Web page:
Leakage current flows unexpectedly in almost all circuits, even when the power is off. Current leakage is not limited to electronics, computers, or small signal circuits, and can be found in industrial equipment and three-phase wiring installations, too. Some current will always find a path to ground whether it’s through ground-conducting insulation that’s supposed to protect wiring in an electrical installation in industrial equipment wiring, or whether the current leaks through weak dielectric insulators inside capacitors that are meant as bypass or circuit protection. It’s possible for even a minute amount of current to flow through alternate pathways, circuit protection devices, and insulators of all kinds.
Leakage current becomes a problem when it affects performance or wastes energy when efficient power management is a priority. In computing, performance can be affected because computers are made up of millions to trillions of transistors that are essentially used
as electronic switches. As technology creates smaller and more efficient transistors, leakage current becomes a larger problem by comparison as insulating barriers become easier to penetrate. (Transistors may be getting smaller, but electrons are not, and so power loss through current leakage has been magnified through the progress of ever smaller nodes in semiconductor technology. Leakage current is unwanted most of the time.
Leakage current can create a constant waste of energy, and in consumer end-user circles is called “vampire power” loss; the answer to which is to unplug chargers when not in use. Power loss is not the only problem that leakage current can create, however. Current can leak from one circuit to another if the leaking current finds an easy path to ground and can be exacerbated with varying environmental conditions like temperature or with signals operating at high frequencies.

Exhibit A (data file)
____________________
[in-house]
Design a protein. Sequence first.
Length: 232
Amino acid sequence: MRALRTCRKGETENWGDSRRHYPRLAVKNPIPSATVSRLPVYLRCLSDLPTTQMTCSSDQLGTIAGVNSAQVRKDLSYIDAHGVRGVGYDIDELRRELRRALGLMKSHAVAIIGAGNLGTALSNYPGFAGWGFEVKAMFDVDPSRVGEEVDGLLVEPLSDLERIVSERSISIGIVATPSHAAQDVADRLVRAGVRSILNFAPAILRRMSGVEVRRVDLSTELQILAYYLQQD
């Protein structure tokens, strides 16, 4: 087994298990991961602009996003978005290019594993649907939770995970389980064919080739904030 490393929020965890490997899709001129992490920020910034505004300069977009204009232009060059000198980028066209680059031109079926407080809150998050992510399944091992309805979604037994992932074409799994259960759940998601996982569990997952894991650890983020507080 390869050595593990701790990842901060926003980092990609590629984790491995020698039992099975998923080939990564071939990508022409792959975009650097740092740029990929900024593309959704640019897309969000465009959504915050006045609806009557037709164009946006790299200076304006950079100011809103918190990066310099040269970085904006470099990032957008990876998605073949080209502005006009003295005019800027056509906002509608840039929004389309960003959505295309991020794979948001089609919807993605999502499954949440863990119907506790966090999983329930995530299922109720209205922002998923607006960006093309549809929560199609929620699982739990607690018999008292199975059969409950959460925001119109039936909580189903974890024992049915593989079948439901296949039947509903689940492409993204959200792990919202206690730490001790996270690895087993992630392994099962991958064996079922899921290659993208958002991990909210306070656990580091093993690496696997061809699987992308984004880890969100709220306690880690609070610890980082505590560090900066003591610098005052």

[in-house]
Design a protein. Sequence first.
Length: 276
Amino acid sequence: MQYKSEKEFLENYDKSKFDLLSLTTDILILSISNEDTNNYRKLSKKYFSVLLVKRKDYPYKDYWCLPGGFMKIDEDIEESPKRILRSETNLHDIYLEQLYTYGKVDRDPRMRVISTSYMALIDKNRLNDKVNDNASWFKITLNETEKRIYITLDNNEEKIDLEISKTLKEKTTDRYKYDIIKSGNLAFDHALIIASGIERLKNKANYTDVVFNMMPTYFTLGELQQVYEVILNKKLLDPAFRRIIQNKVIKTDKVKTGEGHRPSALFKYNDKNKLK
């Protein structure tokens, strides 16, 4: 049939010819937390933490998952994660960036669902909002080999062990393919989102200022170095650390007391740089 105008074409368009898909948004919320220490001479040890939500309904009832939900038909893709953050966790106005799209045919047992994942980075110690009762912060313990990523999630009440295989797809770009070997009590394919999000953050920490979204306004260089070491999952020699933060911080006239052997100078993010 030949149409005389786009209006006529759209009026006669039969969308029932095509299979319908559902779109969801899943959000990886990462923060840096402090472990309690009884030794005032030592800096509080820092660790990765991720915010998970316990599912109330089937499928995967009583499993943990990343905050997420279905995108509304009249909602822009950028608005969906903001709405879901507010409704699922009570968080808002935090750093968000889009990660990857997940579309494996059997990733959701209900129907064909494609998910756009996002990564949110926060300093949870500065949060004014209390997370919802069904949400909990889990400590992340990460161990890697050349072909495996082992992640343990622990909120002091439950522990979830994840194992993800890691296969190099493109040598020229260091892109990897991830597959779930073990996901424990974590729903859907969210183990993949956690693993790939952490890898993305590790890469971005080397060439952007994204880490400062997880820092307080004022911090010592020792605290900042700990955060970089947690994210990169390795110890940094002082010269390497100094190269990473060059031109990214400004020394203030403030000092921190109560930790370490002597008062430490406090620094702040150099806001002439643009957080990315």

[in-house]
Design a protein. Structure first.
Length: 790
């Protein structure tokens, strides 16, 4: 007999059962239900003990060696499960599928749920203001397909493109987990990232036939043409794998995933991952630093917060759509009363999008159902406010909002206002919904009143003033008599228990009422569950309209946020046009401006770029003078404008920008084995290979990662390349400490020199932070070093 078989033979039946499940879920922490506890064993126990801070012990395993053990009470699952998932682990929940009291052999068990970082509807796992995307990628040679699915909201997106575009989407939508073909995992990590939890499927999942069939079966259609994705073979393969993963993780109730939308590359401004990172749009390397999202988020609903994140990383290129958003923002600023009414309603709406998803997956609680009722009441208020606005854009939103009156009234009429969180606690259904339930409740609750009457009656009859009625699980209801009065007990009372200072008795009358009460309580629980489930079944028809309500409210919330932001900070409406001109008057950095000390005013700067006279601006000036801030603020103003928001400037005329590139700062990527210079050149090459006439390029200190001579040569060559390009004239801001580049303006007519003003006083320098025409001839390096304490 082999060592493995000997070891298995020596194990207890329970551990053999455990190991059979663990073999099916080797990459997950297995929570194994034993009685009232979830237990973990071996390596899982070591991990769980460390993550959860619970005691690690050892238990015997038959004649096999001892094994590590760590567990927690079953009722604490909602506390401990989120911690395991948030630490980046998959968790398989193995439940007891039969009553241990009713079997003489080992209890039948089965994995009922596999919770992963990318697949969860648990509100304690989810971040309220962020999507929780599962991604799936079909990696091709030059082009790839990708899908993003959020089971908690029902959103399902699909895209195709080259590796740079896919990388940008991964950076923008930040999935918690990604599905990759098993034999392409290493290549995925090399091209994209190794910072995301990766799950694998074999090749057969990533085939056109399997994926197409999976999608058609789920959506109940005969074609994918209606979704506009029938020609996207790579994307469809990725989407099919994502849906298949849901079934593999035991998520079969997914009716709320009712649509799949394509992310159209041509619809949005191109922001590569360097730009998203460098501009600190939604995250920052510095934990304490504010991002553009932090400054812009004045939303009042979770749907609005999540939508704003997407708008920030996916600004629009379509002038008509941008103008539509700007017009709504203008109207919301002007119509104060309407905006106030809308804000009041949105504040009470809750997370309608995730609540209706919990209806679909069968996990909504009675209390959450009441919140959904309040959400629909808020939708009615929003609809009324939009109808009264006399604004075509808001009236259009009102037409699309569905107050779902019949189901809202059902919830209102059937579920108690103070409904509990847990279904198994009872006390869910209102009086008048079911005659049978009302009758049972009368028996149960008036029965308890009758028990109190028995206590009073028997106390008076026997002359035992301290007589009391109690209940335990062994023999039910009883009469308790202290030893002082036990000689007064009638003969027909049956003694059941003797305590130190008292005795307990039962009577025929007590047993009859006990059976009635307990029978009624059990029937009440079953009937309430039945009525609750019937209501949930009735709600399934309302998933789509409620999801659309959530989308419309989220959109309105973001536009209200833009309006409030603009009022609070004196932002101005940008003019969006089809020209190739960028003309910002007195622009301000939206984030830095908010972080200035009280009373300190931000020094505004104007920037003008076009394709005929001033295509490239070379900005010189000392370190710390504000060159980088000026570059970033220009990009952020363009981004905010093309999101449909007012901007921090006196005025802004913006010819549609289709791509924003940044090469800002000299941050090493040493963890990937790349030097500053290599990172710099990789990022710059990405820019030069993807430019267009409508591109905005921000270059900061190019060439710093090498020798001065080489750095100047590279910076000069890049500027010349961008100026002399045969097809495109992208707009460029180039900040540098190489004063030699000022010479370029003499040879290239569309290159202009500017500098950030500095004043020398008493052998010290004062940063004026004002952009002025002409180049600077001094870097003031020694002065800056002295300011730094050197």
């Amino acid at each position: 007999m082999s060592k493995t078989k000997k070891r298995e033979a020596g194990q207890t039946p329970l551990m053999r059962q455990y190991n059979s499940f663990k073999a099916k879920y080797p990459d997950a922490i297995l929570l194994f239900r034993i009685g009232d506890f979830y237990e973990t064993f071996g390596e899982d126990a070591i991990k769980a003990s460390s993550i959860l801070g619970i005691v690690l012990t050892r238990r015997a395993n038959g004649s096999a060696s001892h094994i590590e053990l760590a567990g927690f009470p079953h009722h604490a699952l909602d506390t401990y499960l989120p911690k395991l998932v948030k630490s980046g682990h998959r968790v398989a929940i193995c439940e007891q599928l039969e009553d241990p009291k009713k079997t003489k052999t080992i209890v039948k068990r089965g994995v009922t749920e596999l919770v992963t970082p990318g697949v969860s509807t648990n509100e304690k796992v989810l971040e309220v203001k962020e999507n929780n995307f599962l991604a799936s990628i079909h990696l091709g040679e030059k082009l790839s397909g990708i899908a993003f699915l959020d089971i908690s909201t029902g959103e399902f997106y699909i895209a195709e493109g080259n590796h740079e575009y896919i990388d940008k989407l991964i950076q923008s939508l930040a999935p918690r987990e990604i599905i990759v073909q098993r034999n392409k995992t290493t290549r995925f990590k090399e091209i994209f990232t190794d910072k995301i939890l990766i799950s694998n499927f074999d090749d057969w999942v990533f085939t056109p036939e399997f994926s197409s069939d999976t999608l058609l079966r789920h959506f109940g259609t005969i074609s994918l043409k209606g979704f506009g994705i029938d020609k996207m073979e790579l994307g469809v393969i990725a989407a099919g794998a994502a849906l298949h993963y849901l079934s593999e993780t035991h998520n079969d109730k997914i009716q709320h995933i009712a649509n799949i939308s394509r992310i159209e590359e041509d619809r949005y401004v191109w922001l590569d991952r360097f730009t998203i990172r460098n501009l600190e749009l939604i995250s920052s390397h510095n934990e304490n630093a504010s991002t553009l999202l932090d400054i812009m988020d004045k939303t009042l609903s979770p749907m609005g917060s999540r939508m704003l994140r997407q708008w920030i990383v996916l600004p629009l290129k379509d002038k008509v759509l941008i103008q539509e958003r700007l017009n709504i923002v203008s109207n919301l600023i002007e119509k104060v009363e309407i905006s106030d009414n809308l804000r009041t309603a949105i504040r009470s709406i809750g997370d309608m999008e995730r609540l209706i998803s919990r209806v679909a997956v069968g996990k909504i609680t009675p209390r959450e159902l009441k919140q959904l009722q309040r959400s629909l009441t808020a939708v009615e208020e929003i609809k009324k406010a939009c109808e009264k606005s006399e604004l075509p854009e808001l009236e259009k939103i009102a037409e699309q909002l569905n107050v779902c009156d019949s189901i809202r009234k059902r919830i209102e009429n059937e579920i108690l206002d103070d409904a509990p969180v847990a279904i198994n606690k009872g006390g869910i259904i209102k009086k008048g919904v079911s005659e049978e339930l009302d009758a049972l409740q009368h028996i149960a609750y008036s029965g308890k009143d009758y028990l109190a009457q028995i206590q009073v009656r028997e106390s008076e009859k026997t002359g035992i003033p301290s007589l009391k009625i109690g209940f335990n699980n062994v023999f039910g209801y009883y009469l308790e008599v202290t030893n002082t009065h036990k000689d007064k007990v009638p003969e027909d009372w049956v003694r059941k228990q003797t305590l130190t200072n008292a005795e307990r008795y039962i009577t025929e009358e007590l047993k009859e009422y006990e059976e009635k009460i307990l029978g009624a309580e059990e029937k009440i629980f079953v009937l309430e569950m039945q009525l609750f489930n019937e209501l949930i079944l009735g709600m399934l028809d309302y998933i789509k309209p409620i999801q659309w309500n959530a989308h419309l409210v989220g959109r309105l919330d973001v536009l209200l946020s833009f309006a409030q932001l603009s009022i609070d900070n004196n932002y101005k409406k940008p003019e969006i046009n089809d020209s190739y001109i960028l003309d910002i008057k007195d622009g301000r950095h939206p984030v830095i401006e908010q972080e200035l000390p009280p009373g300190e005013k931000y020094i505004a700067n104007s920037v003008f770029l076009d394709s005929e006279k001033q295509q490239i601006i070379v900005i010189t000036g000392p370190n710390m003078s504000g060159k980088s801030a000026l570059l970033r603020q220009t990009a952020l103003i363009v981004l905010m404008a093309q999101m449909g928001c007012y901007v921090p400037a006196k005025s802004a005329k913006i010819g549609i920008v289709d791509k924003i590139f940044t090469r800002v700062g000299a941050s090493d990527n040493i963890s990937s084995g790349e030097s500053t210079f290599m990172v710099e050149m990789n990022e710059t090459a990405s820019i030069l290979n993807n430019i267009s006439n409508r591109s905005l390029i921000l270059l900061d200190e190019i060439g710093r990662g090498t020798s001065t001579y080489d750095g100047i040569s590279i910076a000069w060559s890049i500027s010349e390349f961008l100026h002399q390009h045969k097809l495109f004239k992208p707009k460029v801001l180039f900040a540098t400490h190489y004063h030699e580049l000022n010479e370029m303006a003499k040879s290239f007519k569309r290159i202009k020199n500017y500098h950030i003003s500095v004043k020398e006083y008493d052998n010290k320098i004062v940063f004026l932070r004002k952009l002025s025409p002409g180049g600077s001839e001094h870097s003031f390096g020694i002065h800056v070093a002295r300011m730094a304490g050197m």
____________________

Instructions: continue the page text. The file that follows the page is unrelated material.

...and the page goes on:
Leakage current is a fact of life. However, it can be mitigated by using better design techniques, different materials or components, and better insulators. If suspect a problem with leakage current (e.g., an appliance always shocks you or there seems to be excessive power waste with the power switch is off), you can identify the source of the leakage current through testing and measurement. If the amount of leakage current is not significant, then it’s possibly not worth your time to try and reduce leakage current. On a macro level (electrical wiring in a house, for instance) you can use an ammeter to chase down the source of flowing current while the power switch is off. An ammeter should be calibrated, clean, and used per instructions to test possible conductors, including unexpected pathways like water pipes or the grounded shielding on cables. For electronic circuits on PCBs, however, the task may require more sophisticated equipment such as an oscilloscope. In all cases, don’t forget to test unexpected conductors, including insulators that may be providing a path to ground.